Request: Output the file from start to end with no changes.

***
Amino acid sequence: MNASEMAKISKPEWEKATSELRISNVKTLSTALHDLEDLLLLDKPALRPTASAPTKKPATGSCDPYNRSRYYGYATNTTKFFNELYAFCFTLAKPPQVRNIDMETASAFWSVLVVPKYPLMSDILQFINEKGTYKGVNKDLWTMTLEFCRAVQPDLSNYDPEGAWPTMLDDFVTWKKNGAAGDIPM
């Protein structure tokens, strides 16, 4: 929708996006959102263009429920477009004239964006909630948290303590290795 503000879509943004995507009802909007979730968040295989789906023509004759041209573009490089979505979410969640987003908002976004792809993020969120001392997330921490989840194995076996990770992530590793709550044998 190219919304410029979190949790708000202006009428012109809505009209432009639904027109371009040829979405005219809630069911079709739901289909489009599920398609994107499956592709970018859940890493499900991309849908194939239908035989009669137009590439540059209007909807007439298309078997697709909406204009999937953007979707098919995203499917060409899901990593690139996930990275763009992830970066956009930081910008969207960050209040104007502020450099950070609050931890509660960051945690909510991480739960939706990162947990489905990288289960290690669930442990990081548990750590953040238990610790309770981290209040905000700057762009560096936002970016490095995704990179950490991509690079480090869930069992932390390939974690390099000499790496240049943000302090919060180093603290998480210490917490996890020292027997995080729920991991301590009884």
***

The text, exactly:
Amino acid sequence: MNASEMAKISKPEWEKATSELRISNVKTLSTALHDLEDLLLLDKPALRPTASAPTKKPATGSCDPYNRSRYYGYATNTTKFFNELYAFCFTLAKPPQVRNIDMETASAFWSVLVVPKYPLMSDILQFINEKGTYKGVNKDLWTMTLEFCRAVQPDLSNYDPEGAWPTMLDDFVTWKKNGAAGDIPM
């Protein structure tokens, strides 16, 4: 929708996006959102263009429920477009004239964006909630948290303590290795 503000879509943004995507009802909007979730968040295989789906023509004759041209573009490089979505979410969640987003908002976004792809993020969120001392997330921490989840194995076996990770992530590793709550044998 190219919304410029979190949790708000202006009428012109809505009209432009639904027109371009040829979405005219809630069911079709739901289909489009599920398609994107499956592709970018859940890493499900991309849908194939239908035989009669137009590439540059209007909807007439298309078997697709909406204009999937953007979707098919995203499917060409899901990593690139996930990275763009992830970066956009930081910008969207960050209040104007502020450099950070609050931890509660960051945690909510991480739960939706990162947990489905990288289960290690669930442990990081548990750590953040238990610790309770981290209040905000700057762009560096936002970016490095995704990179950490991509690079480090869930069992932390390939974690390099000499790496240049943000302090919060180093603290998480210490917490996890020292027997995080729920991991301590009884």